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New Zealand Air Force Remembers ASW

Feb. 27, 2013 - 05:54PM   |  
By NICK LEE-FRAMPTON   |   Comments
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Wellington, New Zealand — New Zealand’s Ministry of Defence has issued a request for information (RfI) for an “Underwater Intelligence, Surveillance, and Reconnaissance (UWISR)” system.

It may seem axiomatic that such an obviously maritime nation as New Zealand would maintain a credible anti-submarine warfare (ASW) capability, yet in recent years the focus of the Royal New Zealand Air Force’s six Orion aircraft has been on overland intelligence, surveillance and reconnaissance.

The missions system upgrade that marked the Orions’ transition from P-3K to P-3K2 status (in 2011) was accompanied by renaming the Maritime Patrol Force the Airborne Surveillance and Response Force.

In August 2008, Air Commodore Gavin Howse, then Air Component commander at Headquarters Joint Forces New Zealand, told Defense News, “we will still be able to do maritime surveillance, but the capabilities on board will make [the P-3K2] an excellent overland surveillance aircraft.”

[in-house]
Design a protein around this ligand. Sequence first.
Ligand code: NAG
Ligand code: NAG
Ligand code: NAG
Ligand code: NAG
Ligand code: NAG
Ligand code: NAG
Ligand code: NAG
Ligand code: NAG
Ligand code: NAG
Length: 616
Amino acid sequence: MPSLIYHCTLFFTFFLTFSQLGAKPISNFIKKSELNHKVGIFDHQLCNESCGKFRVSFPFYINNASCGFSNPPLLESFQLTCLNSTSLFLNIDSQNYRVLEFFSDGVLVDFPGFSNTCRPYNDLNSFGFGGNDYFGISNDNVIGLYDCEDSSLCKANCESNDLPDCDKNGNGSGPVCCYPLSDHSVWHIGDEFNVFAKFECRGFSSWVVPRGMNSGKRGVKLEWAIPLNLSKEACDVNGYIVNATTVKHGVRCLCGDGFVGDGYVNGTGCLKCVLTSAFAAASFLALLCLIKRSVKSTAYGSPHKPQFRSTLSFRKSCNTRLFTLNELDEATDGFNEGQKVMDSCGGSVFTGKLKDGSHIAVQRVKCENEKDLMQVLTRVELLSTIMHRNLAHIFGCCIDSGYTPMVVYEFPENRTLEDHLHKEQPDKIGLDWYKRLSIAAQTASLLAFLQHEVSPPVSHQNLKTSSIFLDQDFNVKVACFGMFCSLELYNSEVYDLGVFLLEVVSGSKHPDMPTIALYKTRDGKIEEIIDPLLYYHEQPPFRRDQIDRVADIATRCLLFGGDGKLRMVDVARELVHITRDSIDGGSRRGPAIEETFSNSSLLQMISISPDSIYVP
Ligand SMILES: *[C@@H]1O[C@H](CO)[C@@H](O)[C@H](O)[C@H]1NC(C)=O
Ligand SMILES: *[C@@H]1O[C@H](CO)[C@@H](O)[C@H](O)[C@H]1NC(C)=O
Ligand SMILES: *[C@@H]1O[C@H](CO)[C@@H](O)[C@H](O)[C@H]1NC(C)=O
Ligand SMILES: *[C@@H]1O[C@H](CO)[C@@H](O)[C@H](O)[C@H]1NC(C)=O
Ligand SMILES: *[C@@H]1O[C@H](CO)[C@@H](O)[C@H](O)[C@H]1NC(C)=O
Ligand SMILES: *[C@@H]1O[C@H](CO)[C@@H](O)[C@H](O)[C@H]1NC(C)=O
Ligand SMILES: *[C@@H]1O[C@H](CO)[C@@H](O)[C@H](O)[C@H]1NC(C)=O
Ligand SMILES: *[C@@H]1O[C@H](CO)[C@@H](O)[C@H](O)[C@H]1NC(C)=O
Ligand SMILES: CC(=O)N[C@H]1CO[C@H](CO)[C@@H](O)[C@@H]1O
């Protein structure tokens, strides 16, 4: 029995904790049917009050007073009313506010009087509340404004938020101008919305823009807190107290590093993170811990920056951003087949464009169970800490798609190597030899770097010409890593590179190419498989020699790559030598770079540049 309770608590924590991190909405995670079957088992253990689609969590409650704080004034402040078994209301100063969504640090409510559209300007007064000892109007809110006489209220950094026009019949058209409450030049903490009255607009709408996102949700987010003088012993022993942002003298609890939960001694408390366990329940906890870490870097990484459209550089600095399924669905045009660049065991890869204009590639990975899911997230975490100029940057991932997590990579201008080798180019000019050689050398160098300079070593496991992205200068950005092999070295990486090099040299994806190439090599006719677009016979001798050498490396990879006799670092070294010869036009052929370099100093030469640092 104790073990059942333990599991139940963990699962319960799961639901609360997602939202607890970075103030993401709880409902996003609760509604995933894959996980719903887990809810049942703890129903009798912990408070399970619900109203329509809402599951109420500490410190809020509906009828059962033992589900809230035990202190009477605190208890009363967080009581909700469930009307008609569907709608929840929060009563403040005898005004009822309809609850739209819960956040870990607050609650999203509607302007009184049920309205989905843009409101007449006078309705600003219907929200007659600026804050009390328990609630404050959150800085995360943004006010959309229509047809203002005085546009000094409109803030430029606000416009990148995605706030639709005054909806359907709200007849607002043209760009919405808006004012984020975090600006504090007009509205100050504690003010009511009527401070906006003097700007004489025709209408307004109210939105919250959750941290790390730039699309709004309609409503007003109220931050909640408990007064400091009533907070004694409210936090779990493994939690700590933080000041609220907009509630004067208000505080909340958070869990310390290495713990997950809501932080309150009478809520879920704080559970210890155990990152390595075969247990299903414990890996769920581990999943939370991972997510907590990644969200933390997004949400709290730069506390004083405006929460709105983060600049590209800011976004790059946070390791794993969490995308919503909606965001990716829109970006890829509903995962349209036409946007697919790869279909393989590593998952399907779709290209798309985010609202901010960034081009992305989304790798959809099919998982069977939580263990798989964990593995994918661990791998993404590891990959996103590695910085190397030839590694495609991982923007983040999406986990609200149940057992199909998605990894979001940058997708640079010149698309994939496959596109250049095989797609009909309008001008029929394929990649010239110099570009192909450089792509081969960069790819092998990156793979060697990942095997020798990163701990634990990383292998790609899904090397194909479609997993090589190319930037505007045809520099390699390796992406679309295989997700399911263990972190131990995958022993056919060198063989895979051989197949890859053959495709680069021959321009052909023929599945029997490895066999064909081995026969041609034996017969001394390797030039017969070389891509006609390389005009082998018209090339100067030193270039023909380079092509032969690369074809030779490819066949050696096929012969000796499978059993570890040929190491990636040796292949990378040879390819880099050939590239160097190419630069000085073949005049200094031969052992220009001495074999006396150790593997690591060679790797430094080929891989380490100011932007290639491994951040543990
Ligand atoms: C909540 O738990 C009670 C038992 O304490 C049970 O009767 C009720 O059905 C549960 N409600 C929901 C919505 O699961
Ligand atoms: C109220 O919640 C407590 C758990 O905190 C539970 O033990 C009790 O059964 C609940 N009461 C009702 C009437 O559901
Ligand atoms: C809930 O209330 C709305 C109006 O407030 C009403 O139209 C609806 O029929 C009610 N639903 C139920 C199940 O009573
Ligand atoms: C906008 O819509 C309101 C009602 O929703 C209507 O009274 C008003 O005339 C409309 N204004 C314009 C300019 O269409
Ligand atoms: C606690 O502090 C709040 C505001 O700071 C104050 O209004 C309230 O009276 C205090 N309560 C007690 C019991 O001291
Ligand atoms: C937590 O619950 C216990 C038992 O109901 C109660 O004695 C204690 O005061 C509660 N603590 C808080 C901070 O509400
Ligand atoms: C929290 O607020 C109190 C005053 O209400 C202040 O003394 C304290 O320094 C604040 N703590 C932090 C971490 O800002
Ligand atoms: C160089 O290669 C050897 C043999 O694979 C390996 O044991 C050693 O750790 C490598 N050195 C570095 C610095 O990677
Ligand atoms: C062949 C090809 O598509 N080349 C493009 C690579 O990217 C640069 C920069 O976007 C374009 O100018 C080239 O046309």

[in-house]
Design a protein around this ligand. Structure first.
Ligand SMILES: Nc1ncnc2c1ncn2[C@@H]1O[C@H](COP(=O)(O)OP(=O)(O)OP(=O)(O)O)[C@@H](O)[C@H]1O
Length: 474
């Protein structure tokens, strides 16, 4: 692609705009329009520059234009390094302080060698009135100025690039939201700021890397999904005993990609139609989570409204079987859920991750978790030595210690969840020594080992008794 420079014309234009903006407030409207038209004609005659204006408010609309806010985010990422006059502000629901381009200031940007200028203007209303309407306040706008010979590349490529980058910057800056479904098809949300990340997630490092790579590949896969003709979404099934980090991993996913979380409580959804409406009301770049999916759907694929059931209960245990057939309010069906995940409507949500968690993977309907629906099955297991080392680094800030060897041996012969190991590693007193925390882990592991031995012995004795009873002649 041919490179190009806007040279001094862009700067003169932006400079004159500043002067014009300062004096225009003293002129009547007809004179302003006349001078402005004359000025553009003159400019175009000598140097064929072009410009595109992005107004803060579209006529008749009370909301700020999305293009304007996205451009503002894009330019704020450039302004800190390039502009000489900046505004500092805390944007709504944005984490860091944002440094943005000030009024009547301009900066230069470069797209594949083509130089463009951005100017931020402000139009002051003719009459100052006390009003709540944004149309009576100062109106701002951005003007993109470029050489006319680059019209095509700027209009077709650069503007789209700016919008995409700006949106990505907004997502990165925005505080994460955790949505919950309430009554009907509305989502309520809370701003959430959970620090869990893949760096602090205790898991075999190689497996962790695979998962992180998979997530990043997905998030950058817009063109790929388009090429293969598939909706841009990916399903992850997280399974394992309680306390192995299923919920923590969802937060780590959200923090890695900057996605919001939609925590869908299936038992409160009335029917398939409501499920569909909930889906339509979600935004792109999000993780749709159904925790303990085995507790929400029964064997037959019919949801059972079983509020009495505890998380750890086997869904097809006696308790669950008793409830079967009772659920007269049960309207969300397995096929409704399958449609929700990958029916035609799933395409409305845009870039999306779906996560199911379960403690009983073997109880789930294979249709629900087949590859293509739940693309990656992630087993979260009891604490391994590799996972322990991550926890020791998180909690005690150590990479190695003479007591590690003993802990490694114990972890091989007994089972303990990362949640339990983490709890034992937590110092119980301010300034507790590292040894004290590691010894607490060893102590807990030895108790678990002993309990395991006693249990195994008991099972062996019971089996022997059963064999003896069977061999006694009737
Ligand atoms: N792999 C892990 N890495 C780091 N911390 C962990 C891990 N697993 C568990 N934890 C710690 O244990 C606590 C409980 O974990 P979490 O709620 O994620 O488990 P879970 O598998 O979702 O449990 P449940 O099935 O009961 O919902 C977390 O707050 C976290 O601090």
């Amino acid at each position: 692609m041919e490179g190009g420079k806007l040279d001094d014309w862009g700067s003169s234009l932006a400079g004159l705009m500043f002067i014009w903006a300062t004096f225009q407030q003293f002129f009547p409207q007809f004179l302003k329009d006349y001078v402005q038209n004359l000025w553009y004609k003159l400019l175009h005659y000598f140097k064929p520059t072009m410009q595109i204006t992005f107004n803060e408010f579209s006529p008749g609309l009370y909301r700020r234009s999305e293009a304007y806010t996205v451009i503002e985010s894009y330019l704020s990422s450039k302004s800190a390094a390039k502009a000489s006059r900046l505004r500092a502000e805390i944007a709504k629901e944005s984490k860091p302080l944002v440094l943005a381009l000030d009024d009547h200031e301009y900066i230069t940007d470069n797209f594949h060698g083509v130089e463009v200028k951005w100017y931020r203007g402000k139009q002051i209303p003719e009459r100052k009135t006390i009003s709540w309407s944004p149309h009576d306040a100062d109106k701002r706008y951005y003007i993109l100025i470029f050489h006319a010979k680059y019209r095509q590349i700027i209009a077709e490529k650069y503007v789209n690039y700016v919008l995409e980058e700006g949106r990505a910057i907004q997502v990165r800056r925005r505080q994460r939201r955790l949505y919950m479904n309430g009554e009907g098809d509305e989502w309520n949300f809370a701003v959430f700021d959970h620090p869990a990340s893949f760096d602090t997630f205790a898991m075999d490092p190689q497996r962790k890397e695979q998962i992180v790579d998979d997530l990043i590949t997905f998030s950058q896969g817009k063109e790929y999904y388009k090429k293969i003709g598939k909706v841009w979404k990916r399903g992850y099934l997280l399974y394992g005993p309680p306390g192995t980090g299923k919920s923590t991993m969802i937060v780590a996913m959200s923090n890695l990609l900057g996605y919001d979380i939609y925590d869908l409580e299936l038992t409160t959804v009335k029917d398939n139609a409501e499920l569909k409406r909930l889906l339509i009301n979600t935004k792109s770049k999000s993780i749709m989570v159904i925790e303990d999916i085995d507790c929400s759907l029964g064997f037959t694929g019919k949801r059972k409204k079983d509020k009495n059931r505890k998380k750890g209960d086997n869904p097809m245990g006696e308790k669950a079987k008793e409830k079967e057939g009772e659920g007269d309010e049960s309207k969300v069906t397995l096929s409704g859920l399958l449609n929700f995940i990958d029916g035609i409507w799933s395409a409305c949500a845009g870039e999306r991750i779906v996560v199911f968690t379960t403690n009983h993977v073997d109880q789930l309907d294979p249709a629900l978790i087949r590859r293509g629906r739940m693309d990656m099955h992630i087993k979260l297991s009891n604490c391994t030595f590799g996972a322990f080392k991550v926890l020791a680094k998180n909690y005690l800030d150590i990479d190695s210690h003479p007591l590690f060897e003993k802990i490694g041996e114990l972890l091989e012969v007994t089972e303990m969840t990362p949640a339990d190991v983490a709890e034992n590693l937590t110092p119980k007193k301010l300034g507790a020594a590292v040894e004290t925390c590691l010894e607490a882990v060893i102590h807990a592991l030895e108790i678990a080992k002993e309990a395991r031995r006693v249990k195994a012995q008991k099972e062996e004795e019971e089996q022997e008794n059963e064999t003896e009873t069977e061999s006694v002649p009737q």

However, it appears the ASW role was neglected, for in December 2011 Air Vice Marshal Peter Stockwell, chief of the Air Force, told Defense News, “We are only maintaining a fairly rudimentary capability in the ASW world at the moment.”

However, he added, “There is certainly discussion around the need to modernize the airborne ASW role.”

Yet, in November 2012, when asked about ASW capability, Lt. Gen. Rhys Jones, chief of the Defence Force, said, “It is impossible for us to counter every threat, every issue, and that’s where we need to balance things up.”

“Submarine proliferation in the area is growing. Is it going to be an issue for us? Yes, it will in the future … but is it a greater priority than overland surveillance or other surveillance that we might need to have in our region?”

The UWISR RfI seeks information, by April 4, on a replacement for the P-3K2 Orion’s existing acoustics system, a magnetic anomaly detection (MAD) system and an improved airdropped stores ejection system.

Ground training equipment, including a postmission acoustic analysis system and a MAD simulator are included in the RfI.

This suggests the Air Force’s ASW capabilities may not remain “rudimentary” as Asia-Pacific submarine fleets expand and modernize.

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